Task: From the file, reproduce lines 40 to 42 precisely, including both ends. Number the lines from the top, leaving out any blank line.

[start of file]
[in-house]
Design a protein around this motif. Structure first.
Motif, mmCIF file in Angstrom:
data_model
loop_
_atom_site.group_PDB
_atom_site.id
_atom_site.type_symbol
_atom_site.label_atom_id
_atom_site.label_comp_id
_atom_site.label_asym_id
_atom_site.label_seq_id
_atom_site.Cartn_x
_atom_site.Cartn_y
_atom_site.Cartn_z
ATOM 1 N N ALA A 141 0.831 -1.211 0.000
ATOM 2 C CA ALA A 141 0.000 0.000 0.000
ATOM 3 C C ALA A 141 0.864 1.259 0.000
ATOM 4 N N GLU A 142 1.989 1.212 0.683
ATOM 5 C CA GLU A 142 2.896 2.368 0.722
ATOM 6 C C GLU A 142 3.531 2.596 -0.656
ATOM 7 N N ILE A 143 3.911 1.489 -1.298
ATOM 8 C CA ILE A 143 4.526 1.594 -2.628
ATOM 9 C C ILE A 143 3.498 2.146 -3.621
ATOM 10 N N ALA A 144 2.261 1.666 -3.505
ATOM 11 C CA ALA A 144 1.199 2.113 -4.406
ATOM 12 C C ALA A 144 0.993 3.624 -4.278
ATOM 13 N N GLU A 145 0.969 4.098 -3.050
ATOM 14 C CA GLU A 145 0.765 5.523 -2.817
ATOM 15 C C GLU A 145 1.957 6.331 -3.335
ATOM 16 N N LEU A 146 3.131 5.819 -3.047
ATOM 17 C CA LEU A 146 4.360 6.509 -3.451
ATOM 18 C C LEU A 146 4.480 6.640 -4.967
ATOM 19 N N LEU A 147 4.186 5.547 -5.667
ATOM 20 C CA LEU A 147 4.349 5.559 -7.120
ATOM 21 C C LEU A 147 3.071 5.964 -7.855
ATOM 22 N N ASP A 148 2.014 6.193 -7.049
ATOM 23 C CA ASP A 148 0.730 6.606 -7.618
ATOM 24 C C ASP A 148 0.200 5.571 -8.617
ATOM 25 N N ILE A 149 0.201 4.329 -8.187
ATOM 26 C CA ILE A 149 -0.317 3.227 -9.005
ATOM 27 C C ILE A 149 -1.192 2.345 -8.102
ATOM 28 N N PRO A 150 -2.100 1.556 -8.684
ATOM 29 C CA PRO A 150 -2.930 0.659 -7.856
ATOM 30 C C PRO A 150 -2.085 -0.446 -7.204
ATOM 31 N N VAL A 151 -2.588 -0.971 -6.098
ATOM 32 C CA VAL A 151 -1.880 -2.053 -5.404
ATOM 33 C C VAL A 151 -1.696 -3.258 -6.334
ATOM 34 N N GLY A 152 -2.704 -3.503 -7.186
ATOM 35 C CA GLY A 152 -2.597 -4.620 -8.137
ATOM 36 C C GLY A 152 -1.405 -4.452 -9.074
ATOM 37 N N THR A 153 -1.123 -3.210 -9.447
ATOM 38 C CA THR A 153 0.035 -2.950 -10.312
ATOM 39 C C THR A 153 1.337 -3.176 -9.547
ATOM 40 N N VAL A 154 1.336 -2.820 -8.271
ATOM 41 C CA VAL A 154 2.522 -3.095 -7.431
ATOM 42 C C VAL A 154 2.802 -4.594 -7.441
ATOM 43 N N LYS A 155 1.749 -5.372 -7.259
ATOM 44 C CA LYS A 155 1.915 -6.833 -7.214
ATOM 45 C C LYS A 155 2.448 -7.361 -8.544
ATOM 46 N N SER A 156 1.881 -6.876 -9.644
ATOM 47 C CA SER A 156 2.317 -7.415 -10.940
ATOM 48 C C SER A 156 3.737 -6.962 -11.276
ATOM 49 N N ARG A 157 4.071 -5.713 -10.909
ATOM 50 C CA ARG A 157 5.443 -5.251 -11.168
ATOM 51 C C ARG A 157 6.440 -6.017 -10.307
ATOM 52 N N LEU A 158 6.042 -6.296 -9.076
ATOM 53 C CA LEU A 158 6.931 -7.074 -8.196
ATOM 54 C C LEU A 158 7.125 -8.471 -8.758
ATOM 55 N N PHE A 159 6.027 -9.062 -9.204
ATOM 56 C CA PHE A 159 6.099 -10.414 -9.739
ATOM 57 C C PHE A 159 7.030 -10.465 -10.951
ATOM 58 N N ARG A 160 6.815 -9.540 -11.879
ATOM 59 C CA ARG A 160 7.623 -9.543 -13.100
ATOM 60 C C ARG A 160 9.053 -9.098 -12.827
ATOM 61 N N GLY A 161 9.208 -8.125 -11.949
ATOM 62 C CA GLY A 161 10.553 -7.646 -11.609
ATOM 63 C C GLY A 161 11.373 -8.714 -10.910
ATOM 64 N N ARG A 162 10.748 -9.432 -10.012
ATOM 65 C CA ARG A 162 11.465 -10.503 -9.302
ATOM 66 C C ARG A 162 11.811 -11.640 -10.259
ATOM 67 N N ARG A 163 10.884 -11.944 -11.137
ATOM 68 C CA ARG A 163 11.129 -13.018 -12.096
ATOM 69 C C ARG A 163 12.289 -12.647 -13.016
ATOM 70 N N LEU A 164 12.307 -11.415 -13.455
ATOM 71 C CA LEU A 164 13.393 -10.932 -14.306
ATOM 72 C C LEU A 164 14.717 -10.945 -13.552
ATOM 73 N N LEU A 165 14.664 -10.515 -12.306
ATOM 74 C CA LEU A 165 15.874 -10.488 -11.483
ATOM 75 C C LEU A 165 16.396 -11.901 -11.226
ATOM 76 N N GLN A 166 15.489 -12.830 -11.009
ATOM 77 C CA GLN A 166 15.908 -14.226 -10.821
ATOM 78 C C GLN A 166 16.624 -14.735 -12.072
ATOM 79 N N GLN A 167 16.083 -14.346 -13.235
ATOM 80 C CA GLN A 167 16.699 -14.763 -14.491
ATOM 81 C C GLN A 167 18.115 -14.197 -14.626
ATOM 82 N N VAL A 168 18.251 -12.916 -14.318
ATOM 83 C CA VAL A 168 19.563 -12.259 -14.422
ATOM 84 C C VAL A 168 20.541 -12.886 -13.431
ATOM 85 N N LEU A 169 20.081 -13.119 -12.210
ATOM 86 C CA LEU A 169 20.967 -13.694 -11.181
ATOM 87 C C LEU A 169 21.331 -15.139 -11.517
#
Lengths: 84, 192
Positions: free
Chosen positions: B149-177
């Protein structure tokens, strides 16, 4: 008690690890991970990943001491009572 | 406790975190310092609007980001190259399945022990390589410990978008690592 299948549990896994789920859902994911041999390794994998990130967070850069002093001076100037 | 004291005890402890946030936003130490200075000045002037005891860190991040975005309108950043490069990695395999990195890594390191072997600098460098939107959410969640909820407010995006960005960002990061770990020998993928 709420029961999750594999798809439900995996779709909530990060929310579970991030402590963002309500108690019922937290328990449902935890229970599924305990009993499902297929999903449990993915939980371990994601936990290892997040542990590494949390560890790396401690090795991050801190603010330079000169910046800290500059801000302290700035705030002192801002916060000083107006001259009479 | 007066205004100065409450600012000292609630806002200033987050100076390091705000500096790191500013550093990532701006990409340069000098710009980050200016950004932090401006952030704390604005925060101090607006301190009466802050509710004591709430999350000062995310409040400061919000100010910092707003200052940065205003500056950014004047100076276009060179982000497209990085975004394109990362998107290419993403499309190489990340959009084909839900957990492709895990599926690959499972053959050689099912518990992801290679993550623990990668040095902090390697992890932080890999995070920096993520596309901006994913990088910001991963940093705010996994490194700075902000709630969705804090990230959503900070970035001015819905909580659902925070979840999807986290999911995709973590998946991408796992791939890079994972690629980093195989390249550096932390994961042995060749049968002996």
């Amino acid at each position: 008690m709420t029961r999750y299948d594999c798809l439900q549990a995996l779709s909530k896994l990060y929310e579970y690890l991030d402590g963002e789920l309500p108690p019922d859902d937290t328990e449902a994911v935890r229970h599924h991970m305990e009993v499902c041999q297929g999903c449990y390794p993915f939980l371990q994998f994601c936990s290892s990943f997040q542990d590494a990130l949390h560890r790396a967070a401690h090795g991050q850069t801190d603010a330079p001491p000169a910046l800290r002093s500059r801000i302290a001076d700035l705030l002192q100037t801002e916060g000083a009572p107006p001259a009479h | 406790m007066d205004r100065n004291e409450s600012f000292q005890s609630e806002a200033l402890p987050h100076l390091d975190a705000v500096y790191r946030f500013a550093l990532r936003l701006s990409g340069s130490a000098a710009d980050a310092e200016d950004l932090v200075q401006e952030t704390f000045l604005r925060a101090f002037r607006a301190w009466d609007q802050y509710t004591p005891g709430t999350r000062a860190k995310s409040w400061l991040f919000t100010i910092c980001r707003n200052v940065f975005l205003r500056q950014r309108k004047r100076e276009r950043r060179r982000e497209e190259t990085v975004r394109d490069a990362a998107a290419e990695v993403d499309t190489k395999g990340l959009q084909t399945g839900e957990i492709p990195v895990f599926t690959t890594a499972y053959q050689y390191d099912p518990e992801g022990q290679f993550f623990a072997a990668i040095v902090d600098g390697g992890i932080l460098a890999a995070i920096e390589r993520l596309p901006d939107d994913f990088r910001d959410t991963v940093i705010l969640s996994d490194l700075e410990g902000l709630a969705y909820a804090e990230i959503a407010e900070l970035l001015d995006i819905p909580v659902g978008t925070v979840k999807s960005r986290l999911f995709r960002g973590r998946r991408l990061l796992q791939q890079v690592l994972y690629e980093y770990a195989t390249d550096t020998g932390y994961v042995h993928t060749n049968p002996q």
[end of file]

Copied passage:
ATOM 25 N N ILE A 149 0.201 4.329 -8.187
ATOM 26 C CA ILE A 149 -0.317 3.227 -9.005
ATOM 27 C C ILE A 149 -1.192 2.345 -8.102